Would you like a story with those apples?

  • 2011•07•20     Tokyo

    The book café, where both bookworms and café connoisseurs can peruse worn and well-loved novels whilst sipping café lattes, has become a familiar site in cities around the world. So why not a “book farm”, where literary buffs and foodies alike can stock-up on their weekly fresh groceries whilst listening to intriguing stories from across the globe?

    On Saturday, 9 July 2011, the UNU Library brought this innovative approach to combining  books and fresh-produce shopping to Tokyo, with its inaugural open-air reading event held at the weekend Farmers Market @ UNU in the courtyard of UNU Headquarters. Organized in support of the United Nations Literacy Decade, this open-air reading event aimed to enhance understanding of the challenges involved in achieving universal literacy, promote awareness of the United Nations University (UNU) and demonstrate how literature can bring people from diverse cultures together.

    The forty-five minute event included three readings of different texts selected by UNU Library, with each story highlighting issues of concern to the United Nations. The colourful picture book, For Every Child, a Better World (1993), illustrated by Bruce McNally, presents nine stories (as told to Louise Gikow and Ellen Weiss) depicting children’s basic needs and the ways these needs are often unmet. How the Camel Got His Hump, the classic tale by Rudyard Kipling (first published in 1898), tells the story of  a camel who refused to work, even as other animals around him did so, and offers an analogy of  inequality and justice in contemporary societies. The third story, If the World Were a Village of 100 People: Food Edition, by Kayoko Ikeda (2004), uses a  “world-in-miniature” approach to convey the diversity of our planet and its human inhabitants.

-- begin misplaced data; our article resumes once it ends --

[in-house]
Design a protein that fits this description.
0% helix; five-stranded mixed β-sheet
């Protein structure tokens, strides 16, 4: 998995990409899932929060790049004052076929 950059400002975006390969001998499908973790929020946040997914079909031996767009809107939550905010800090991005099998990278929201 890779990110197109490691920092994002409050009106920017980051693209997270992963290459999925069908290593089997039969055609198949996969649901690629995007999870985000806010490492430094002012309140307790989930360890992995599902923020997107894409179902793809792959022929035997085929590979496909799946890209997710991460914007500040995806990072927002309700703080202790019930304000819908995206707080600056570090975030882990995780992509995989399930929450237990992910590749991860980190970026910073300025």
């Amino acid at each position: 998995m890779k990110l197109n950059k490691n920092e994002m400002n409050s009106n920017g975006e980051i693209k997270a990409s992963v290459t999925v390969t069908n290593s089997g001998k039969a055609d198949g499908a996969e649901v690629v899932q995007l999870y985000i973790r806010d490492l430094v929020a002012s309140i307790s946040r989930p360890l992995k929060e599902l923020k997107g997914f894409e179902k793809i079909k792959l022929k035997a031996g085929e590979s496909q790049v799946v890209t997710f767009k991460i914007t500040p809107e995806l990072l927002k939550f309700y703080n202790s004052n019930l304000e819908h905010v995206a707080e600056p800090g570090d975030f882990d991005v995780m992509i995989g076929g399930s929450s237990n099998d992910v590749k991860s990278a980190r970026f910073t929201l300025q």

The selected stories were read aloud by UNU staff (including volunteers from GEOC, Conference Services, UNU-ISP and the UNU Library) simultaneously in different languages, to an audience ranging from infants to teenagers and parents. For Every Child, a Better World, for example, was presented in both English and Japanese. Some UNU staff also displayed their  musical talentsby forming a band and performing in the breaks between the readings.

    Farmers Market @ UNU, held every weekend in the main courtyard of UNU Headquarters in Shibuya-ku, offers some 40 stalls selling fresh fruits, vegetables, plants and flowers, as well as rice and a variety of other produce, mostly grown by farmers based in the Kanto plain area. It is anticipated that the next open-air reading event will take place later in the year.

    UN Literacy Decade (2003-2012)

    The United Nations Education, Scientific and Cultural Organization (UNESCO) estimates that one in five adults globally cannot read or write, of whom two-thirds are women. The UN Literacy Decade, led by UNESCO, encourages the international community to cooperate to increase literacy around the world and empower all people everywhere. Expressed in the slogan “Literacy as Freedom,” the UN Literacy Decade recognizes that the promotion of literacy is in the interest of all, as part of efforts towards peace, respect and exchange in a globalizing world.

    The initiative recognizes that factors such as a lack of basic education and access to teaching, reading and learning materials can affect literacy rates. However, though theses challenges are often greatest in developing countries, literacy promotion is also important in developed countries. Even in major economies, poor literacy skills can inhibit an individual’s ability to participate actively in public life.